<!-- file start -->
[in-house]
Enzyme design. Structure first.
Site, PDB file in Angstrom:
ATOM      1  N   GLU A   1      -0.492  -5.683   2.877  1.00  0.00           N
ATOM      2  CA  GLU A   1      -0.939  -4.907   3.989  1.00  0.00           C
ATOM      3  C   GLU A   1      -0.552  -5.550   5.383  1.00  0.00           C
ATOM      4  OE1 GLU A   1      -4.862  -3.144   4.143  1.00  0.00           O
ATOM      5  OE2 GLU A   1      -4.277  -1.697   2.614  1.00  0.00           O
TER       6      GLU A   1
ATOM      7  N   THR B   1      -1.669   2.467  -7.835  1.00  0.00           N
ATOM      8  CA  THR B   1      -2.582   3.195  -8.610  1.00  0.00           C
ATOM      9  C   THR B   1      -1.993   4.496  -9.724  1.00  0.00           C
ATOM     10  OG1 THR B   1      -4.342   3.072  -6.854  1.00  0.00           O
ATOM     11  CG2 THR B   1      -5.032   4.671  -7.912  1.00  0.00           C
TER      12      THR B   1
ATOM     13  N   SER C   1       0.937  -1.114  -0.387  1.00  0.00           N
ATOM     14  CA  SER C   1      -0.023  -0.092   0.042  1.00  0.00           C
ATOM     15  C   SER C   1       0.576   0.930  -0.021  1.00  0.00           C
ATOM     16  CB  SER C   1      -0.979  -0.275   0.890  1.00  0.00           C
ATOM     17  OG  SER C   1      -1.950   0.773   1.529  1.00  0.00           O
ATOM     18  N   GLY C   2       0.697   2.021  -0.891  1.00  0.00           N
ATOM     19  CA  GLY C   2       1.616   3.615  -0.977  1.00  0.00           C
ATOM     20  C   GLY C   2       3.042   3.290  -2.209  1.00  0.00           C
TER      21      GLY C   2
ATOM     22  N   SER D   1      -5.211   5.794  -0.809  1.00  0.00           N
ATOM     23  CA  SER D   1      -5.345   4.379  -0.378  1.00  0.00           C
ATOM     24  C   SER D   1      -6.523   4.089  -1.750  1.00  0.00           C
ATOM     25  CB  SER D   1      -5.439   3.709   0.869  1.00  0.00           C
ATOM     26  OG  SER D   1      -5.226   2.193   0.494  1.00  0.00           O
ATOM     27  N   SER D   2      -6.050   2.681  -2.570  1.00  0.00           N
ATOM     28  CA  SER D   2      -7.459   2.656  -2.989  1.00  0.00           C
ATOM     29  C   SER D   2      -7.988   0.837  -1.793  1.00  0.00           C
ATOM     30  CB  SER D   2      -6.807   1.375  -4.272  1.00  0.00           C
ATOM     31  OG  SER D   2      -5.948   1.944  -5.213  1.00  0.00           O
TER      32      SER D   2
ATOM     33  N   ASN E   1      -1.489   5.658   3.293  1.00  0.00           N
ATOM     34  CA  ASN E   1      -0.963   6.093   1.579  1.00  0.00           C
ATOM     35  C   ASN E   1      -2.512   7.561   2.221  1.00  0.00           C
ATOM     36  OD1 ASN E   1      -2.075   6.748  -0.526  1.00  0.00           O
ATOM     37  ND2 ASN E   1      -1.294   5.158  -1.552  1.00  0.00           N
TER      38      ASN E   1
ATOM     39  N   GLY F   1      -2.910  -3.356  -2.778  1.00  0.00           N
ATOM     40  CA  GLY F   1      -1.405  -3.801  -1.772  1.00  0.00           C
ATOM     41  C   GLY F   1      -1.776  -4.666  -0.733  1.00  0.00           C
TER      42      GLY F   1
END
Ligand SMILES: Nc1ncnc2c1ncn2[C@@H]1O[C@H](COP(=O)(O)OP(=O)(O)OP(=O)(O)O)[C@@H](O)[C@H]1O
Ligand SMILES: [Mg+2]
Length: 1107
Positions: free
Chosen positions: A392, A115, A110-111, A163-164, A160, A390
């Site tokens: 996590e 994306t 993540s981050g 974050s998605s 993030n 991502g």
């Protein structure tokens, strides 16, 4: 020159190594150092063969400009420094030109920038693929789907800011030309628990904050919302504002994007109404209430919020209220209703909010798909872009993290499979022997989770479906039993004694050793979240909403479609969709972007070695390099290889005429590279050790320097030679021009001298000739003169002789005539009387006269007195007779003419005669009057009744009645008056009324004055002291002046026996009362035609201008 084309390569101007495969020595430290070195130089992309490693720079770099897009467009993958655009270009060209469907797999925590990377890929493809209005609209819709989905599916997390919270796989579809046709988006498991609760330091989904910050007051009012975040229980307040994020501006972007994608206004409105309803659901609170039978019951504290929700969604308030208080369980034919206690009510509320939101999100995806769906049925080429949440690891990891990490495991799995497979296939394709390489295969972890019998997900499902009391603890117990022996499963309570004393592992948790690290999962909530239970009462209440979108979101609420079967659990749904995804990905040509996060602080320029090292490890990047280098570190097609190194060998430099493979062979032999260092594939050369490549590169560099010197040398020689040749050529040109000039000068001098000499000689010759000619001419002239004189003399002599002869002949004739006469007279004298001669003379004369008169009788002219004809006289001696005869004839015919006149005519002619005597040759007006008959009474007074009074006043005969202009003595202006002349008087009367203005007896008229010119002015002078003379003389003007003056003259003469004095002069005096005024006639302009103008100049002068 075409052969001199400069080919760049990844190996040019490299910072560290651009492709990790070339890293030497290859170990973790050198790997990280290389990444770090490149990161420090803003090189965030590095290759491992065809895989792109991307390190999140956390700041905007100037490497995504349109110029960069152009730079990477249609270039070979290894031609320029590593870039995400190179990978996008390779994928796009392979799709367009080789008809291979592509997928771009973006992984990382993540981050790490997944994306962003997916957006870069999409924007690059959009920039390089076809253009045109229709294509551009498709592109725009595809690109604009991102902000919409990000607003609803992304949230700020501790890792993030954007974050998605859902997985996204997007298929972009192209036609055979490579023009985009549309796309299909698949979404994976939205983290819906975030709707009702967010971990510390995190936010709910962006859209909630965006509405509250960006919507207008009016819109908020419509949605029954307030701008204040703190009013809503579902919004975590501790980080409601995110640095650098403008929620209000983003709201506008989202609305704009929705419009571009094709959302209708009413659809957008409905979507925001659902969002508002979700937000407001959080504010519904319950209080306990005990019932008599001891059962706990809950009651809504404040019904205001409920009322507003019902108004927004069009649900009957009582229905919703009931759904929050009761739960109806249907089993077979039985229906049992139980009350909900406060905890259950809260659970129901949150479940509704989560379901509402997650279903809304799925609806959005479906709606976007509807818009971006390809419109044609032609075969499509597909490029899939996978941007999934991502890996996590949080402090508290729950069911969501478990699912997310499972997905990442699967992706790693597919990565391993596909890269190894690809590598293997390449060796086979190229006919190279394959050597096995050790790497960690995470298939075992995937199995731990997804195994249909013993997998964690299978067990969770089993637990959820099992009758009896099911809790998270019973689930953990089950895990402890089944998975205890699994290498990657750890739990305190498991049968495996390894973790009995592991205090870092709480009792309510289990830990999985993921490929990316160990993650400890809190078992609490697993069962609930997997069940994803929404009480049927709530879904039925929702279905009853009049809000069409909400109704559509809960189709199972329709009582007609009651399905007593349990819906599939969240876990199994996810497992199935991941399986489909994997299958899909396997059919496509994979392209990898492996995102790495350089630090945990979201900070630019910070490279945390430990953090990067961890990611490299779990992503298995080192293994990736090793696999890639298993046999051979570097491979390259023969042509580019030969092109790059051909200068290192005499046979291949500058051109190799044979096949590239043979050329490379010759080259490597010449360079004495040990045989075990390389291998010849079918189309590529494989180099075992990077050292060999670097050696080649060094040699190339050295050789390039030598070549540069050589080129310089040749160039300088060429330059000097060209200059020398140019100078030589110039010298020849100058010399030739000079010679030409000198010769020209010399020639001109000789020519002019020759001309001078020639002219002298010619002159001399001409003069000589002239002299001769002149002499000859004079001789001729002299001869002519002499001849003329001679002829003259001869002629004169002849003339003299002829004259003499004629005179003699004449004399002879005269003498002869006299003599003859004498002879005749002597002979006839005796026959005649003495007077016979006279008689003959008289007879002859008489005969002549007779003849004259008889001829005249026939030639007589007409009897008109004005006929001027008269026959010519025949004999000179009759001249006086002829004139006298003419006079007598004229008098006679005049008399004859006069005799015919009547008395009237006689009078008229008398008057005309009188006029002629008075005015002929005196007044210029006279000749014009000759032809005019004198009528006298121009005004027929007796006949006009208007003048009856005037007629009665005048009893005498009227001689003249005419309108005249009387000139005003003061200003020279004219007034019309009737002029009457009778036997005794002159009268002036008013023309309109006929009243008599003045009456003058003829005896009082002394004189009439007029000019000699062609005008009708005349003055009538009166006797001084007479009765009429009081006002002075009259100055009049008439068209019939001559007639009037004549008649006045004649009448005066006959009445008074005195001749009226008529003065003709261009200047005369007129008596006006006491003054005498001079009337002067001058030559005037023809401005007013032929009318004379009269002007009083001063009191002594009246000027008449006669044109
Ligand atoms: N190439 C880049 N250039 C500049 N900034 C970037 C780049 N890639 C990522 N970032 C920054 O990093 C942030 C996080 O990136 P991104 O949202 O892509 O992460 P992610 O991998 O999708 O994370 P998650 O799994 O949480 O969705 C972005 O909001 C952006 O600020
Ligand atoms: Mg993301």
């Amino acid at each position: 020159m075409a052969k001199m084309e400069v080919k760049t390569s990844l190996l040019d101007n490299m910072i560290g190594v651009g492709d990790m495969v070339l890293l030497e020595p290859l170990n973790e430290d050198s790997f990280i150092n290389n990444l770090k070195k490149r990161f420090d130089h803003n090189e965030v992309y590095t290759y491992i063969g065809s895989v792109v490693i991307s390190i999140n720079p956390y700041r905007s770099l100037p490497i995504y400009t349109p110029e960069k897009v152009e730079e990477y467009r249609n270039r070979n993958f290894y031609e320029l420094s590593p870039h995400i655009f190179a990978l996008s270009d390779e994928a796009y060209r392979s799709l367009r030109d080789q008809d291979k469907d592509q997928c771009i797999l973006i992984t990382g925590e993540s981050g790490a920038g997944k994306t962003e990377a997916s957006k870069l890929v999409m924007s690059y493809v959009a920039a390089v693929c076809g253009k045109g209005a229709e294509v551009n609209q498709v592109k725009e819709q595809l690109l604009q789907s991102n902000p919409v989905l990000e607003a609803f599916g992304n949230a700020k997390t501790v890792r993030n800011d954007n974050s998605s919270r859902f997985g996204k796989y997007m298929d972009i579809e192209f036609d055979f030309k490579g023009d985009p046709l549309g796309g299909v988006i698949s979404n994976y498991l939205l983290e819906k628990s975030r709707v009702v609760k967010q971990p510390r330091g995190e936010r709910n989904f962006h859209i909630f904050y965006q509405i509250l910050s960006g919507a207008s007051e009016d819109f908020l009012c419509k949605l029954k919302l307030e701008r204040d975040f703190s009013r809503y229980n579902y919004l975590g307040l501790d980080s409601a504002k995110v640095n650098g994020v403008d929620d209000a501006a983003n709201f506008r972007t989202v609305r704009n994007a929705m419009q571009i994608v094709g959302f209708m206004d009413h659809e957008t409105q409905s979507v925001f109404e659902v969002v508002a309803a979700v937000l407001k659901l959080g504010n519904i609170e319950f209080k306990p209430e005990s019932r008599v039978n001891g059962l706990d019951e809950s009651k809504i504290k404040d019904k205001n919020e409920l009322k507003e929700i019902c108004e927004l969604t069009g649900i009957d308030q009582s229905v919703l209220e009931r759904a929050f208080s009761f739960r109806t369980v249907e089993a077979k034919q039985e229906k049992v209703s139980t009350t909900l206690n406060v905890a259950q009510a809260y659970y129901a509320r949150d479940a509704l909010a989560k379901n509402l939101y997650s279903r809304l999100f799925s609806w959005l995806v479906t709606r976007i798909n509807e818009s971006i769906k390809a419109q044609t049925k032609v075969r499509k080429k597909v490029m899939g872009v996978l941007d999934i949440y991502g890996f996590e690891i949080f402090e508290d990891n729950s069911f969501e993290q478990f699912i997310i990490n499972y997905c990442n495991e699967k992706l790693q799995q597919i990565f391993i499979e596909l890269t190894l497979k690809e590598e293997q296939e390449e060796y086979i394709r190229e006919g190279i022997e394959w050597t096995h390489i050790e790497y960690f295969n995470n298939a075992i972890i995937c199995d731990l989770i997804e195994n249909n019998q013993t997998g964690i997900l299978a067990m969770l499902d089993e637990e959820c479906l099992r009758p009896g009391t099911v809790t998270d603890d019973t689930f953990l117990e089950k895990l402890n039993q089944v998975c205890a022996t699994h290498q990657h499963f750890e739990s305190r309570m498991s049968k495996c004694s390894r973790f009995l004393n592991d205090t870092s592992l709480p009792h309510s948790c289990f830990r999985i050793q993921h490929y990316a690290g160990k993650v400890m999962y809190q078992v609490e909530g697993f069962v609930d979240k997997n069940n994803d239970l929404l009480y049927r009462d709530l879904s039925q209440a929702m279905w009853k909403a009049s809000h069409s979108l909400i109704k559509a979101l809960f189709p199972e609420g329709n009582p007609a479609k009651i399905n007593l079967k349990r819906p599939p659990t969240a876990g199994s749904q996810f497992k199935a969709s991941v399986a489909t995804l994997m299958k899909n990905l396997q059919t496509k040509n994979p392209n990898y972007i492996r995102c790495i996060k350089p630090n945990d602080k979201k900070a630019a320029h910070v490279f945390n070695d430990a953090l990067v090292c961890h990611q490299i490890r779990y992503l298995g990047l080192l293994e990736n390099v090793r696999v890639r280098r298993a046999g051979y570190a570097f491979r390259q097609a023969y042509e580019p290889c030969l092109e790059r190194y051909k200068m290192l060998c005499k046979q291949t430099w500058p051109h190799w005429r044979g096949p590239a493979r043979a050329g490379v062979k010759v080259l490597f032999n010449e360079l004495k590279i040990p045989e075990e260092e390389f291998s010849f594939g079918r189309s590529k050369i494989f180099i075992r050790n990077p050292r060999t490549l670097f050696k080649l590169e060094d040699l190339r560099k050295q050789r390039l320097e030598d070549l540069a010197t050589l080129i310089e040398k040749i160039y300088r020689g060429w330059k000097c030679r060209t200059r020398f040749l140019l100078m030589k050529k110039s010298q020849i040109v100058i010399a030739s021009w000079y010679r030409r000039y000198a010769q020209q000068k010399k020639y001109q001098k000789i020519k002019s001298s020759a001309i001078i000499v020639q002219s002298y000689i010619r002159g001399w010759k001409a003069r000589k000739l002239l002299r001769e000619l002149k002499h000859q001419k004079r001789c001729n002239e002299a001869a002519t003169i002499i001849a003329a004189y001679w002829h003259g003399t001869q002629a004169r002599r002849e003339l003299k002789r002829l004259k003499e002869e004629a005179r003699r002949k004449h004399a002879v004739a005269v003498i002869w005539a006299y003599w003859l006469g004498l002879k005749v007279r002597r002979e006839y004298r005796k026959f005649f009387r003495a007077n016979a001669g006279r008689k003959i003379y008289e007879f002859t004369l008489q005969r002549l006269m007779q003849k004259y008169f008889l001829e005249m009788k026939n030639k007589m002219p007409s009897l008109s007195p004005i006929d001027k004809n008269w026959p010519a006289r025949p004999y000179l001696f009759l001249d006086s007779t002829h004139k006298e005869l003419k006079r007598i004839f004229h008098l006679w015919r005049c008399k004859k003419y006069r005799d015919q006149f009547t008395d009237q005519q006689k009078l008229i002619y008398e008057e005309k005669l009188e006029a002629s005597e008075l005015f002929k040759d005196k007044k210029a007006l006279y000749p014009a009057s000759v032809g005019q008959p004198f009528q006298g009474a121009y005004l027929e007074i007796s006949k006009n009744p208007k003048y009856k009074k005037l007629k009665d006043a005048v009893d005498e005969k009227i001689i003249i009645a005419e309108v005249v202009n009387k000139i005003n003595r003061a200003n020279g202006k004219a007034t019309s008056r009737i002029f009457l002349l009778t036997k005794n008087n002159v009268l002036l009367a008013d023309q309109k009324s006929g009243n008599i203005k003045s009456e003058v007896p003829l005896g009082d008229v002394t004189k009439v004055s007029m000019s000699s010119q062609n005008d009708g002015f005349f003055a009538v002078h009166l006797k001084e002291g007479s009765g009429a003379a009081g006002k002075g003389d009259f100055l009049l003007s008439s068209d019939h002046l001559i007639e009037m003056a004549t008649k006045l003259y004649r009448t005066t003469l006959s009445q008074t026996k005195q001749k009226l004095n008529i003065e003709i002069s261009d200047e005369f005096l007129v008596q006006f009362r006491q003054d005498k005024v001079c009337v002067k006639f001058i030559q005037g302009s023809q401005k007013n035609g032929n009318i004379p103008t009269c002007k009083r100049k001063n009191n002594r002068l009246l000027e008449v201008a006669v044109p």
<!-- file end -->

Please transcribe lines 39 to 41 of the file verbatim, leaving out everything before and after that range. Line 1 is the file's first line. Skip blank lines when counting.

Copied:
ATOM     36  OD1 ASN E   1      -2.075   6.748  -0.526  1.00  0.00           O
ATOM     37  ND2 ASN E   1      -1.294   5.158  -1.552  1.00  0.00           N
TER      38      ASN E   1